Should You Buy A Rental Property For Your College Student?

If your college student is getting ready to live off campus, buying a rental property or condo may be an option worth considering. Of course, with high rental costs and the opportunity to create a tax shelter for your hard earned money, this is a strategy many parents have found to be beneficial.
An investment property is an excellent opportunity to put your money to work for you, and may even help offset some of the income invested into your child’s education. However, there are various factors you should consider before making any final decisions.
1. Long term goals – Although appreciation rates may be favorable, it is important to discern how long you intend to keep the property. Within a few years your son or daughter will be finished with their education, and you will still be left with a property to care for.
Some individuals would rather keep the home as an investment and continue to rent the property out to new students. Additionally, this may be a place that you will plan to use for future visits or football games long after your child is done with school.
The problem with solely relying on strong appreciation rates is that you may not be able to command the price you desire a few years from now. So unless you are prepared to hold onto the property for a longer time period to make the investment worthwhile, this may be something worth reconsidering.
2. Maintenance & management – Next, purchasing a rental property is a big investment, so you want to ensure that your property is kept in good condition. Although your son or daughter may be extremely reliable, you may need to consider other friends or roommates that will have to share in on the rent.
Are you comfortable with trusting in 2 or more college students to watch after your property? Also, it may be required to pay a property manager (especially once your child graduates) to help manage the home if you live at a distance.
Finally, it will be important that you can find reliable contractors to take care of any maintenance hassles and ensure that the property remains in tip top shape.
3. Cash flow & taxes – After carefully reviewing the first 2 points, you may still feel that a rental property for your student is well worth the investment. If this is the case, then there are a few things you must know about finances.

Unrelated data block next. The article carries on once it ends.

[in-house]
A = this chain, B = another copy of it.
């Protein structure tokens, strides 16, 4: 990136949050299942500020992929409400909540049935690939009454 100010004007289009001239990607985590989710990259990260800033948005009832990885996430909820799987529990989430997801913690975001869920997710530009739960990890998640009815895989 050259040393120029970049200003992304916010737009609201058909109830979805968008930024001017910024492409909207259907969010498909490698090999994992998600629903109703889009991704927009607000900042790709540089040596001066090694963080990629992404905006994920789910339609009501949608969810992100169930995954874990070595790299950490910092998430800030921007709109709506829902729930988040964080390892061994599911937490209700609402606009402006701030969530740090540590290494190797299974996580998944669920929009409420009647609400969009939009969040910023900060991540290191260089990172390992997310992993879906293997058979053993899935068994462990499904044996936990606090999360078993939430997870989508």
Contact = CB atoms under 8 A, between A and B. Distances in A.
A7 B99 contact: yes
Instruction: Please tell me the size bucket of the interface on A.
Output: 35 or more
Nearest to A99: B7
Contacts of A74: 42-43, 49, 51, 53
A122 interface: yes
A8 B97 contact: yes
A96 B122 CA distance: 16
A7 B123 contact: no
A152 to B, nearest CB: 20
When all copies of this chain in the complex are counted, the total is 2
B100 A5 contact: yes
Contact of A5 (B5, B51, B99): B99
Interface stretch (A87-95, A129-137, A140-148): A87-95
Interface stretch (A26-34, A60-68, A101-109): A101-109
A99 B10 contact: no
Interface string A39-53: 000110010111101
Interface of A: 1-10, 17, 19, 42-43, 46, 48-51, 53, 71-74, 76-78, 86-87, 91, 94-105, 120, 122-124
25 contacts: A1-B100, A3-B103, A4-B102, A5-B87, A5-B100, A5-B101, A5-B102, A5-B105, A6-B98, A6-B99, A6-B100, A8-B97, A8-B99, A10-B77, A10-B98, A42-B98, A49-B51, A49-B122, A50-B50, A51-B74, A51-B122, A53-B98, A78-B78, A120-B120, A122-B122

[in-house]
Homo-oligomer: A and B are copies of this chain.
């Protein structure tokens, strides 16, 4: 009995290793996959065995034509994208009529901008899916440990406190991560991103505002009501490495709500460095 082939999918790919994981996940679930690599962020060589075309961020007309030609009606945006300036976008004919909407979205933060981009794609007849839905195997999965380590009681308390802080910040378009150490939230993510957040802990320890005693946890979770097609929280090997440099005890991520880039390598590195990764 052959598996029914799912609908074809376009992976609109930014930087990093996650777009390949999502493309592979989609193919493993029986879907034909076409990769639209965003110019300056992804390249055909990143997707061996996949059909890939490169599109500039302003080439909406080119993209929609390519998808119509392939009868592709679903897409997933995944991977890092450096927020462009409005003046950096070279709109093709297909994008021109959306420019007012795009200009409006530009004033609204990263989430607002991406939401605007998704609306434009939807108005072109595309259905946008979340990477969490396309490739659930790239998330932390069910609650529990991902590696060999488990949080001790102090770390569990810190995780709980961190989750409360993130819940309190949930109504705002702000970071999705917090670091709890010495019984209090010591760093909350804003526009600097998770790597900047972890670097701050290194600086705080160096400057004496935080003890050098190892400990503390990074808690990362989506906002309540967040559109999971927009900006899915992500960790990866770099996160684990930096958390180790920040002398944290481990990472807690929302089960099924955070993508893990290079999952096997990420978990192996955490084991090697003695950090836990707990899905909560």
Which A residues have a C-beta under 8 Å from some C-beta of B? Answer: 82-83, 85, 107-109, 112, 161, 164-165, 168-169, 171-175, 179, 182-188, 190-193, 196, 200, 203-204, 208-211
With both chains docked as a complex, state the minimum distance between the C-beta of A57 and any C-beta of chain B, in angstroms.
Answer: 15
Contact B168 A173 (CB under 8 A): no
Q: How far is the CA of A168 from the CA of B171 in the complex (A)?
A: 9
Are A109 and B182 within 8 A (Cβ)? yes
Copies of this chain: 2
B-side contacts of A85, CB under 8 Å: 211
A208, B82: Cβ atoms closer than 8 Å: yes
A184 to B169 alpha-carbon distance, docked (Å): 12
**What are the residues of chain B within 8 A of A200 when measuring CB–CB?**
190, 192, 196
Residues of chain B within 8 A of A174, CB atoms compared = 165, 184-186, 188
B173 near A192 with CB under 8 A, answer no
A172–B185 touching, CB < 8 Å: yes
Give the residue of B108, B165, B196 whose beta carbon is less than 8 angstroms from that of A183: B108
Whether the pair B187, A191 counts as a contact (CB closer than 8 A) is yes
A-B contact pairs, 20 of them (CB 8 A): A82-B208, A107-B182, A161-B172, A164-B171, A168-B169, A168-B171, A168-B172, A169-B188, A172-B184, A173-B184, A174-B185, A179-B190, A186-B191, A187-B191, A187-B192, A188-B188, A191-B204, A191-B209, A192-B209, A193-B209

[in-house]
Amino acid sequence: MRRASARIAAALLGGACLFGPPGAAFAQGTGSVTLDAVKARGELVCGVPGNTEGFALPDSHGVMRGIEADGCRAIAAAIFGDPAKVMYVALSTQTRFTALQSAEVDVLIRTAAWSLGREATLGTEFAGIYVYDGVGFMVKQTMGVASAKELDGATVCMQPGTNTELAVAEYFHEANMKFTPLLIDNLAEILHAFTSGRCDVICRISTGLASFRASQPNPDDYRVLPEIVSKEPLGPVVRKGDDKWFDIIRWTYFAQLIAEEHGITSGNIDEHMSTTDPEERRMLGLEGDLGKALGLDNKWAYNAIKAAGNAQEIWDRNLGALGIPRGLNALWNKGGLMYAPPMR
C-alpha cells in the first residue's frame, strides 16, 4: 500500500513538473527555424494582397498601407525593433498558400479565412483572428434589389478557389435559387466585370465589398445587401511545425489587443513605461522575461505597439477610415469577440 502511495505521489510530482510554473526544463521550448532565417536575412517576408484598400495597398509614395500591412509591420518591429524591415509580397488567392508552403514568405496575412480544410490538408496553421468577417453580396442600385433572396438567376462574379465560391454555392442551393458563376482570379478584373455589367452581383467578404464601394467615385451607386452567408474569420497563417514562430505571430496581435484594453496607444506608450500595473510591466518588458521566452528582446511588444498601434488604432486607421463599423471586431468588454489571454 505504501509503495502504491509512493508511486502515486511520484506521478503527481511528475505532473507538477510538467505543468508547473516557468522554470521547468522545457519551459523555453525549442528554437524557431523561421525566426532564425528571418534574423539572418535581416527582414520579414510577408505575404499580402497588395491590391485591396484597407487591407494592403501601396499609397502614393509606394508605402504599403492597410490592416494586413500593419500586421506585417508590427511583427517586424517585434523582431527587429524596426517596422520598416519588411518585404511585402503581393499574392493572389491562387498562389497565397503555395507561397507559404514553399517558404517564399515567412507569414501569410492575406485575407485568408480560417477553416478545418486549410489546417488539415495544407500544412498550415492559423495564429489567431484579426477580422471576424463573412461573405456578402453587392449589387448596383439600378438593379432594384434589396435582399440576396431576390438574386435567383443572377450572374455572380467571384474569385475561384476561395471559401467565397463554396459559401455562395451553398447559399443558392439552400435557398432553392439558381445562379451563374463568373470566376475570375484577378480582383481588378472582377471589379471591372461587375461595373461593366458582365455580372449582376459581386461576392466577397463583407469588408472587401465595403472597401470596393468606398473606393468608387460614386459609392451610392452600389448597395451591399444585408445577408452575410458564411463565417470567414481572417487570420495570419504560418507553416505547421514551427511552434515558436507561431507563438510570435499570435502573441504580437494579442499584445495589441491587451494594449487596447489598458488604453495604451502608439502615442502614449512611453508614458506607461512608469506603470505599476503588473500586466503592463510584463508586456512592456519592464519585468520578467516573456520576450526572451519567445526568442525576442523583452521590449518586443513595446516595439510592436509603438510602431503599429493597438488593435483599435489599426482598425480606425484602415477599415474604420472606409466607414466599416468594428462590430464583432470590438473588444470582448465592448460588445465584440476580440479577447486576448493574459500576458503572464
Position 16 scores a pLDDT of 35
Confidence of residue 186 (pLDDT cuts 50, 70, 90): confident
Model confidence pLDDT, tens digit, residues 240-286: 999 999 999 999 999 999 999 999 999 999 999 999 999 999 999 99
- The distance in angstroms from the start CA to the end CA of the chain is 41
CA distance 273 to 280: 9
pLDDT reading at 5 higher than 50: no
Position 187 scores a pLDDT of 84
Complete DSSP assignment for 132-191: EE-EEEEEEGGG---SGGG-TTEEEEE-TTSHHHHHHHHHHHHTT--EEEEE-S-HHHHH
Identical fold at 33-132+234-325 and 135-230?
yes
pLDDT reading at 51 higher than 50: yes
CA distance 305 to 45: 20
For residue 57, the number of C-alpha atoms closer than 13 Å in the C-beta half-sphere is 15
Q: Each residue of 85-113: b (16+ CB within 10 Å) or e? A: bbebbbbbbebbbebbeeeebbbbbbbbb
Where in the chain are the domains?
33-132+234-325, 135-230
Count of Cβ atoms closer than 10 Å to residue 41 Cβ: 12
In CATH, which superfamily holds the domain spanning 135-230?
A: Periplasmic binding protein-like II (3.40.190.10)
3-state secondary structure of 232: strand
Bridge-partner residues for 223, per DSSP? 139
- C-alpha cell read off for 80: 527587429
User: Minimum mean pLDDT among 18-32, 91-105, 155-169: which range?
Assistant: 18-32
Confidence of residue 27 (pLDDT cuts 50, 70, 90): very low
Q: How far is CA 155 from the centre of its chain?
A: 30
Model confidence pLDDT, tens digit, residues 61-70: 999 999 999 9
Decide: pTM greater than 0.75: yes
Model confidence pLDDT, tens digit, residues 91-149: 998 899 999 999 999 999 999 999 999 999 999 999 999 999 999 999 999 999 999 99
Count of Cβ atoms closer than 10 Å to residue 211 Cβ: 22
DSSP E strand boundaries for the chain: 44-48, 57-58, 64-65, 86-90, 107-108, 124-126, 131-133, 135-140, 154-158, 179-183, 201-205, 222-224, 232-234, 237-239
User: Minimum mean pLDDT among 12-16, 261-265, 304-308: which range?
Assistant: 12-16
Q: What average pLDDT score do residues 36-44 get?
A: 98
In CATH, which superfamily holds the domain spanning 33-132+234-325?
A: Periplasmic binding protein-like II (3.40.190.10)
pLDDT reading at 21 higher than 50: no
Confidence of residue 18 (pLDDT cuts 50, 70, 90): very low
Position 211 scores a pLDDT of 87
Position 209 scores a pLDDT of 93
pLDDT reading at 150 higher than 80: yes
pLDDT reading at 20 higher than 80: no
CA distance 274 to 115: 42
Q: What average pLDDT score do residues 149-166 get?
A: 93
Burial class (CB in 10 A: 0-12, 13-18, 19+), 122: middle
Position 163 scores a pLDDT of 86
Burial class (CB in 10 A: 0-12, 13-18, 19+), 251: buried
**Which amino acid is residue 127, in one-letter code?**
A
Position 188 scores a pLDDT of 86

First of all, be sure that you are buying smart. Work with a qualified agent who knows the area and can help direct you to the best deals. They will be able to help you figure out projected rental income and appreciation rates as well.
After factoring in taxes, insurance, maintenance, associate fees, your mortgage, etc. you will want to make sure that you have some cash flow for extra profit and to cover unexpected problems that may arise down the road.
This will also make your investment pay off more in the long run and can free you up to invest in future properties as well. For those who are married, you must be aware that there is a limit to how many itemized deductions you can write off if your gross income exceeds approximately $240K.
Therefore, though it is possible that you can include the taxes and mortgage interest as deductions on your second property, this is something you will still need to review with a tax professional.
Finally, be aware that the property can also be susceptible to capital gains tax once you are ready to sell. Either way, you will still be eligible for some depreciation on your home and to write off a portion of your maintenance and utilities, so there are always good reasons to buy.
All in all, buying a rental property for your college student can be a wise investment for you and your family. We strongly advise that you take time to sit down with your financial advisor and/or tax pro to discuss the options available to you. For further guidance on locating a property, please contact us using the information listed above.